Thursday, 18 August 2011


BELFAST 2011-08-17
The last time I went to Belfast was just after my partner died when I stayed with his mother and we spent most of the time weeping & protesting at the death of our hero. I remember sitting in her house in Carrigart Avenue looking at the hills and feeling angry, sad  cheated ,and thinking I would never get over the loss. I did of course and now fifteen years later I decided it was time to go over there and put some flowers on his grave.  My visit was prompted by the fact that I dreamed about him nearly every night for weeks.
The mother, a stern woman who smoked forty fags a day, never let alcohol pass her lips and made astounding moral judgements on her daughters  and none on her sons I had liked instantly. This seems perverse but she was easy to be with and when came over to stay we would do all the charity shops in Lymington where she insisted on haggling and announcing that she could have got it for a quarter the price in Belfast. She had a great sense of humour and we could just sit and laugh together, talk about nothing in particular for hours at a time.  She died a year or so after Micky, and the family didn’t tell me, though I heard the day of her funeral.

So really I never knew Belfast at all, just parts of the Falls road and one intrepid visit with my friend to a Shankhill pub (and that’s a different story.)
We booked in at the Ibis to an excellent room which suited us admirably. We needed to eat and the first pub we went into had stopped serving food so we had a half of excellent Guinness then another half and listened to men barking at each other and rushing in and out of the door with betting slips.  Two televisions showed horses galloping and the table was full of beaten dockets. Nobody took any notice of us at all while we took a keen interest in everybody and even began to make our own bets. I took some photos of a line of backs at the bar which my friend will transform into a painting (rejection?)
An extremely effective barman brought out the second half and seemed keen about our welfare; he got us a taxi and told us about a good restaurant and a nice pub with Irish music. We ate and found our way to Kelly’s bar where we chatted to people who were interested in us and apparently liked strangers. We both find people fascinating and are happy to speculate and talk to anybody willing to hear.
The whole point of going to Belfast was to put flowers on Micky’s grave and I got the plot number from a very helpful guy at Milltown cemetery who actually knew Micky.(some coincidence!) We got sunflowers because I love them and they remind me of him.  So, Sunday morning we spent and hour or two searching for the grave and finally left the flowers outside the office with a note giving the plot number and  saying we couldn’t find it. The flowers had suffered from being in the room since Saturday and I thought it was pointless taking them back again. We went to the first pub again where a man with a purple nose declared his admiration for me and got me a half of Guinness and I’m not sure if Micky would be ashamed of me drinking halves or glad that I had come to see that women should drink halves – the first I expect.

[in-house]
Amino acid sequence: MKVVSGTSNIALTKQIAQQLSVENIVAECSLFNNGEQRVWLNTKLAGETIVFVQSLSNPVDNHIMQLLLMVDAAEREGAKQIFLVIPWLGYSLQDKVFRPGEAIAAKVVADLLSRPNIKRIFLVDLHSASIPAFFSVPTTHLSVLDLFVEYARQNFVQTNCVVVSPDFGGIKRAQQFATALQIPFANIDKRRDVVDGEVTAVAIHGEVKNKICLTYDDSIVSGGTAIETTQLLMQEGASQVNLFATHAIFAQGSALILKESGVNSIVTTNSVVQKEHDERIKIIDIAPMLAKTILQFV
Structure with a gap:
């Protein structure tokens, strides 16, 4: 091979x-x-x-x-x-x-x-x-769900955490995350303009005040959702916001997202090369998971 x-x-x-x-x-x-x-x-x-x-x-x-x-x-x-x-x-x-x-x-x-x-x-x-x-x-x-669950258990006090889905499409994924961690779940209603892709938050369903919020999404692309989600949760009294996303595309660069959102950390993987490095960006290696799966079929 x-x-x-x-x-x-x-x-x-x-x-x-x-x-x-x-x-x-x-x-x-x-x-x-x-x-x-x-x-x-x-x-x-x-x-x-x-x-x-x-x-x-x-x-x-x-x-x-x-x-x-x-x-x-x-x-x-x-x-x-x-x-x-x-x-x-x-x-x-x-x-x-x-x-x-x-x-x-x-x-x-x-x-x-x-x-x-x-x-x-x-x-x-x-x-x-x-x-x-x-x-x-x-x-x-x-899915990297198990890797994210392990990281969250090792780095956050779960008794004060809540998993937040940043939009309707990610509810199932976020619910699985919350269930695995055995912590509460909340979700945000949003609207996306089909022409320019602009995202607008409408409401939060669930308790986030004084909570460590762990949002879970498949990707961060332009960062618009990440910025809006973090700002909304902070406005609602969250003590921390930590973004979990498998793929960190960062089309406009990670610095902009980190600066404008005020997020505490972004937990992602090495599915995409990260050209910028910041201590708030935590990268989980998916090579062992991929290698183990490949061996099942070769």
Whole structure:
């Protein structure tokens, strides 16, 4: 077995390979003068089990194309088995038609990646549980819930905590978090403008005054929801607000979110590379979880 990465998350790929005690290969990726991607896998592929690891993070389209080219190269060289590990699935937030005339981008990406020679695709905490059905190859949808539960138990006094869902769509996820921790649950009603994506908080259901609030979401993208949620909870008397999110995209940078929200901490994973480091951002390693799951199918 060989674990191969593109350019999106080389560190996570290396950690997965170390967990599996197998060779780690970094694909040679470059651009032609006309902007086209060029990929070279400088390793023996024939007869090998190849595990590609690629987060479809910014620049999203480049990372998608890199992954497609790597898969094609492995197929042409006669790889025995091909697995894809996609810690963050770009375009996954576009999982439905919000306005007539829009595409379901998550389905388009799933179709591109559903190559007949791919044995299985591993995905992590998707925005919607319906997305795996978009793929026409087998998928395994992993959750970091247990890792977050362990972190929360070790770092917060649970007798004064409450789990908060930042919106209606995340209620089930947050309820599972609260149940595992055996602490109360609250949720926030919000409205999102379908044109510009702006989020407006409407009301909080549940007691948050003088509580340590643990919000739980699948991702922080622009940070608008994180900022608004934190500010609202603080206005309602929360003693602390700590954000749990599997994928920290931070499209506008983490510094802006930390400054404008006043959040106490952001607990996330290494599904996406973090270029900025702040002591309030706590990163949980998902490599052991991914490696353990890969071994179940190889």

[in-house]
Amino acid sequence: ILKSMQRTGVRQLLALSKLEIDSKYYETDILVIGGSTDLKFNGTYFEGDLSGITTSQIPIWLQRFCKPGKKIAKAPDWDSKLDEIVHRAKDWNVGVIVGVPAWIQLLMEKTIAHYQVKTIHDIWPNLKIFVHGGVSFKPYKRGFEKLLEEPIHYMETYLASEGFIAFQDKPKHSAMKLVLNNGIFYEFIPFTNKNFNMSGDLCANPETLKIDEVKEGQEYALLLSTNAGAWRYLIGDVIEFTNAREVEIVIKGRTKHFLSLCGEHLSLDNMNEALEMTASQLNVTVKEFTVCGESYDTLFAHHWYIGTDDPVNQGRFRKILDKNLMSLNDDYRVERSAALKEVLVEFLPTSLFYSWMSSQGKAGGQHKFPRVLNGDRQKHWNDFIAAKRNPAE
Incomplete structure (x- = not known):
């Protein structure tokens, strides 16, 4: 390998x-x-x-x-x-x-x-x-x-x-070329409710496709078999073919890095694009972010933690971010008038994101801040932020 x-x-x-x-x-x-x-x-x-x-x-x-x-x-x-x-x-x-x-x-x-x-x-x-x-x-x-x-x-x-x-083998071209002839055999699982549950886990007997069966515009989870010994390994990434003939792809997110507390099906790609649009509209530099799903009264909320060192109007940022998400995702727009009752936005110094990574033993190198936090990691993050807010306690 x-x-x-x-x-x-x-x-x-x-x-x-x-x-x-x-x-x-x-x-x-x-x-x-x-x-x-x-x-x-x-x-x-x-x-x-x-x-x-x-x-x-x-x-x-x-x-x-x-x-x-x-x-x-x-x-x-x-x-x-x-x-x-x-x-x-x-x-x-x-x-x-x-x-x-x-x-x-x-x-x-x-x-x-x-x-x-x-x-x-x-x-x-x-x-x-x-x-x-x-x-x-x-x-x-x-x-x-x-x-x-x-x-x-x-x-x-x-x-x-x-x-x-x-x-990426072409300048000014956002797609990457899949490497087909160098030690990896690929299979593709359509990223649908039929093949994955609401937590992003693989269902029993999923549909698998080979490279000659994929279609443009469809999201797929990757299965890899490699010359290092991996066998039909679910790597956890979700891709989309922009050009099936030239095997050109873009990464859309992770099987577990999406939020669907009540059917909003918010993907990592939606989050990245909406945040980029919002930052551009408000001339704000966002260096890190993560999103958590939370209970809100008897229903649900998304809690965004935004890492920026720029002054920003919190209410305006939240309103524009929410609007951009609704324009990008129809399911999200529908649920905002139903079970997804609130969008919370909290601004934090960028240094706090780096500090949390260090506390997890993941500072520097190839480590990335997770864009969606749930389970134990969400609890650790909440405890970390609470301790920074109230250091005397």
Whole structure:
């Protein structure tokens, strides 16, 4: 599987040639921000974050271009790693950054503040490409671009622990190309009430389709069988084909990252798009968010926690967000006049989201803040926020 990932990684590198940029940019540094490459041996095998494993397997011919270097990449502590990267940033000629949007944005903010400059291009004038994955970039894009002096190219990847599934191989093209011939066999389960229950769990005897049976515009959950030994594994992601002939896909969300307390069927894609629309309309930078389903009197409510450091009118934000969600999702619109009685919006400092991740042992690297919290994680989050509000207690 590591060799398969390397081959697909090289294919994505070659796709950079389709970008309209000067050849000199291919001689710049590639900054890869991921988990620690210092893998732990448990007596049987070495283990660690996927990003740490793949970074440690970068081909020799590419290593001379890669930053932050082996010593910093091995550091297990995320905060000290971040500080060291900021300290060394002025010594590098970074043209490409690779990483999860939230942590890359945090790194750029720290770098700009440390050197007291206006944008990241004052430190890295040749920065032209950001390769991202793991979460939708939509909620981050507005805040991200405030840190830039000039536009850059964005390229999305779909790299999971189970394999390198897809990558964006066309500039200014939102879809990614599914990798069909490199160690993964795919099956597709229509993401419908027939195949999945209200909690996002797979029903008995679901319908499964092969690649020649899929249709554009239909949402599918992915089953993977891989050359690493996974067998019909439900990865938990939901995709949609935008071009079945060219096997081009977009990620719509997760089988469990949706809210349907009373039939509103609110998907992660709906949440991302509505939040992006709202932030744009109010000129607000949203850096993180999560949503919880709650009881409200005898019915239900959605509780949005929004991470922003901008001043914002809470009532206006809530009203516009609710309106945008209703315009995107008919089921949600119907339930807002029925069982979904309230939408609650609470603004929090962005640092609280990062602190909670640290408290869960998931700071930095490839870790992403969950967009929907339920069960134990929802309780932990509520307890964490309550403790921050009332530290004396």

On Monday we phoned and went up to Milltown again and got instructions to speak to Jim on the strimmer and he guided us to the grave where the flowers lay on the grave already. I was amazed and moved that somebody took the trouble to put them there and am glad that we looked in the wrong part of the vast cemetery. Micky would have laughed his socks off if he knew about us searching in vain and I found this gesture amazing but typical of the Belfast people, a kindness and warmth that I don’t find anywhere else. So thanks again Micky for bringing me over to see your grave, for all the laughter and joy you brought me and I feel close to you again now.
PS  I feel as if I have done the right thing at last and it was not a sad occasion rather a reclamation of those many years we spent and all the laughter we enjoyed together. Now I am back I miss him again but it is not the savage pain, now I remember how great we were together and am grateful. Not everybody gets to have a Micky in their life! 

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